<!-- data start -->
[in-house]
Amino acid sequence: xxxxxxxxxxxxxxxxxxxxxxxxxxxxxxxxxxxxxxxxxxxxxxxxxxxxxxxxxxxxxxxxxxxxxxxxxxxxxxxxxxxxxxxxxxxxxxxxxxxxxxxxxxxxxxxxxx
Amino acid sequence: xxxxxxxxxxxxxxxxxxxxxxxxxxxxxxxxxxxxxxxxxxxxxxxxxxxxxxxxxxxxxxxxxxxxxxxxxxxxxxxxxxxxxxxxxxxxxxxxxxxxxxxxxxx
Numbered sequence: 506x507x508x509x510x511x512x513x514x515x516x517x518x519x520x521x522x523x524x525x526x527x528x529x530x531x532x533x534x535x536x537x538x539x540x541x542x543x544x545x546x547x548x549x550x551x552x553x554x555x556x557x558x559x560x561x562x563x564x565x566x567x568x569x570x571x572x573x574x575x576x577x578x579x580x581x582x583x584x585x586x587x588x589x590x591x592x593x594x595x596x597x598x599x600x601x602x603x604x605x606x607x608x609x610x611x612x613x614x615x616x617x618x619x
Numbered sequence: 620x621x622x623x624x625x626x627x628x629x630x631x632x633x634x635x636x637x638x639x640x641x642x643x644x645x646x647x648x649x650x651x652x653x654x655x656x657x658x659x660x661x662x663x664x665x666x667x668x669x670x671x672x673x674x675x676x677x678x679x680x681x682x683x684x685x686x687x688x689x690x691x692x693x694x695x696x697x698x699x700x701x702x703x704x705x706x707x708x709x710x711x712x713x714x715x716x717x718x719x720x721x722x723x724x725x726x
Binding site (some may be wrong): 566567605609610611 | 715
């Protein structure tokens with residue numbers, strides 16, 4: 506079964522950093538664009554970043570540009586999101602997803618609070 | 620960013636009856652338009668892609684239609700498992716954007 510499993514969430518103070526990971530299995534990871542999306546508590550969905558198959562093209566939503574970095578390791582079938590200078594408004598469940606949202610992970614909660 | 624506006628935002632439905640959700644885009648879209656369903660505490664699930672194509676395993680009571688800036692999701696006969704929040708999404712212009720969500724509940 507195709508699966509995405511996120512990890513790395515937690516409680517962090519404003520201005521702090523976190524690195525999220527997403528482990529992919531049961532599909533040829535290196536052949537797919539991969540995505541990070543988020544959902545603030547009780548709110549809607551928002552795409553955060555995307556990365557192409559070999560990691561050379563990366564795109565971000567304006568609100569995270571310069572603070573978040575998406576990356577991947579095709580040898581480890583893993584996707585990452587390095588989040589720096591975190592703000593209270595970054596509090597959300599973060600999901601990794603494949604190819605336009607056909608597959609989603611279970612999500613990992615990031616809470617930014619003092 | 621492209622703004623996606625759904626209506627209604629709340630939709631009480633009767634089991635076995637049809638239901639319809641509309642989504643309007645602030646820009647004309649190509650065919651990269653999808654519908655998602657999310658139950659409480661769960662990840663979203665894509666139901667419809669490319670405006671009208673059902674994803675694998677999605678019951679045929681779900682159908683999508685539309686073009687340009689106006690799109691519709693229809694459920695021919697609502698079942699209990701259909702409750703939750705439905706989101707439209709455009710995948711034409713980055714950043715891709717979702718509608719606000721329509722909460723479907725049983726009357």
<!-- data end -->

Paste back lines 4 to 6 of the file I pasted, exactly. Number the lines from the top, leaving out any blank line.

Numbered sequence: 506x507x508x509x510x511x512x513x514x515x516x517x518x519x520x521x522x523x524x525x526x527x528x529x530x531x532x533x534x535x536x537x538x539x540x541x542x543x544x545x546x547x548x549x550x551x552x553x554x555x556x557x558x559x560x561x562x563x564x565x566x567x568x569x570x571x572x573x574x575x576x577x578x579x580x581x582x583x584x585x586x587x588x589x590x591x592x593x594x595x596x597x598x599x600x601x602x603x604x605x606x607x608x609x610x611x612x613x614x615x616x617x618x619x
Numbered sequence: 620x621x622x623x624x625x626x627x628x629x630x631x632x633x634x635x636x637x638x639x640x641x642x643x644x645x646x647x648x649x650x651x652x653x654x655x656x657x658x659x660x661x662x663x664x665x666x667x668x669x670x671x672x673x674x675x676x677x678x679x680x681x682x683x684x685x686x687x688x689x690x691x692x693x694x695x696x697x698x699x700x701x702x703x704x705x706x707x708x709x710x711x712x713x714x715x716x717x718x719x720x721x722x723x724x725x726x
Binding site (some may be wrong): 566567605609610611 | 715